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Volume 6 Issue 2

November 2011

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Ecological and Human Health Risk Assessment Provides a Model for Framing and Solving a Wide Variety of Environmental Problems

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Risk assessment, commonly identified as a required “step” in the remedial investigations at federal superfund sites, is now commonly employed as part of the decision making process in a wide spectrum of federal regulatory programs, state hazardous materials programs, and scientific applications. This article describes the broad applications where regulators, scientists, and engineers apply risk assessment within the context of characterizing environmental exposures and making decisions regarding the implications of those exposures.

The United States Environmental Protection Agency (EPA) broadly defines risk assessment as “…a process that evaluates the likelihood that adverse ecological effects may occur or are occurring as a result of exposure to one or more stressors.” The important point here is that risk assessment is a process and as such, it has a certain malleability within a structured framework that offers some very specific advantages when applied to environmental problem solving. These specific advantages of risk assessment are that it:

  • offers a widely recognized analytical structure and so facilitates communication among interested parties;
  • is widely used in federal, state, and international programs that offer the user community constantly updated guidance and methods in governmental and Non-Governmental Organizations publications and the peer-reviewed literature;
  • is flexible and therefore can accommodate a wide range of environmental issues;
  • is inherently and explicitly iterative so that users can modify various assumptions in addressing the feasibility of alternative actions;
  • is value added in that once developed, a protocol may be re-applied over several regions, sites, alternatives, or stressors that have similar modes of exposure; and
  • incorporates a detailed conceptual model that encourages broad considerations of potential exposures and pathways, and facilitates input of stake holder’s specific concerns.

Initially, the regulatory requirements of the United States Comprehensive Environmental Response, Compensation, and Liability Act(CERCLA) largely drove the development of risk assessment methods within the United States Environmental Protection Agency (EPA). The EPA continues to be a major source of information and innovation in the development of human health and ecological risk assessment methods (http://www.epa.gov/risk_assessment/).

EPA
EPA website

Subsequently a wide variety of federal agencies have developed risk assessment guidance keyed to their particular mission or regulatory environment. The United States Army Corps of Engineers has been particularly active in incorporating risk assessment into the diverse areas of responsibility assigned to them. These activities include the:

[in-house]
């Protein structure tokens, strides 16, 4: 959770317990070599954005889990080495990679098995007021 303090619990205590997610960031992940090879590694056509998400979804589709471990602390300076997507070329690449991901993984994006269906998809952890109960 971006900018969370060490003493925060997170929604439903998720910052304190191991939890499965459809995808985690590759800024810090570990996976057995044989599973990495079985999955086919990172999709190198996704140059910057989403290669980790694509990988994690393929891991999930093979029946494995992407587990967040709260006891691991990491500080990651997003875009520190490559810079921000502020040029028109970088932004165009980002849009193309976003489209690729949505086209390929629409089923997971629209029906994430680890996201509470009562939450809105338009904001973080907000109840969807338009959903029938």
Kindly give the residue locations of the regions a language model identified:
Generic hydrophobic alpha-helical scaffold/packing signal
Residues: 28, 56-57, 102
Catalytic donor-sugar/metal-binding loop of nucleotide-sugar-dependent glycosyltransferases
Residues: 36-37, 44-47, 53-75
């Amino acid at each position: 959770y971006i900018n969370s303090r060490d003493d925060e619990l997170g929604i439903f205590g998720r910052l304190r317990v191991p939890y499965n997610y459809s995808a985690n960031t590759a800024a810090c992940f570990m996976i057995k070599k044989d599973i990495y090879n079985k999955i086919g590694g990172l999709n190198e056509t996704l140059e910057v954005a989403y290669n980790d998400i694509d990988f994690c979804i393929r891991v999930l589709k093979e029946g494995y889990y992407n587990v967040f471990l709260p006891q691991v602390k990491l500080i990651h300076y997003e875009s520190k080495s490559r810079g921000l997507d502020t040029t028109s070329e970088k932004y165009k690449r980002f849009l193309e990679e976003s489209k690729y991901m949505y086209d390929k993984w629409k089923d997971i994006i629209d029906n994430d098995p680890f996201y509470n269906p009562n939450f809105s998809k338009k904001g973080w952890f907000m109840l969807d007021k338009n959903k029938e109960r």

alternative
Risk-Informed Decision Making
Dr. Todd S. Bridges
Senior Research Scientist, Environmental Science

Other varied applications of risk assessment include:

Navy
A US Navy Application

Despite much discussion about the Precautionary Principle in international circles, the international scientific community has taken specific steps to incorporate ecological and human health risk assessment into their approach to environmental problem solving. The International Navigation Association, building on the USACE efforts at guidance development, has published an international standard for risk assessment for dredging and disposal operations in ports and harbors (http://www.pianc.org/technicalreportsbrowse.asp). The United Nations Food and Agriculture Organization has published a broad review focused on the importance and application of risk analysis to seven major risk sectors of aquaculture production: pathogen risks, food safety and public health risks, ecological (pests) risks, genetic risks, environmental risks, financial risks and social risks. (http://www.fao.org/docrep/011/i0490e/i0490e00.htm). The International Union of Pure and Applied Chemistry is currently developing risk assessment guidance for assessing the risks posed by pesticides at agricultural site (http://www.iupac.org/web/ins/2010-056-1-600).

Although ecological and human health risk assessment methods have only developed over the past twenty years, they have found and continue to find broad application in a wide variety of national and international programs. The flexibility, versatility, and mandated transparency of the method makes the general approach applicable to a broad range of environmental problems from site specific issues to using the approach in a comparison of alternatives or technologies.

Submitted By:
RAC
Jerome J. Cura, Ph.D.
Senior Environmental Scientist


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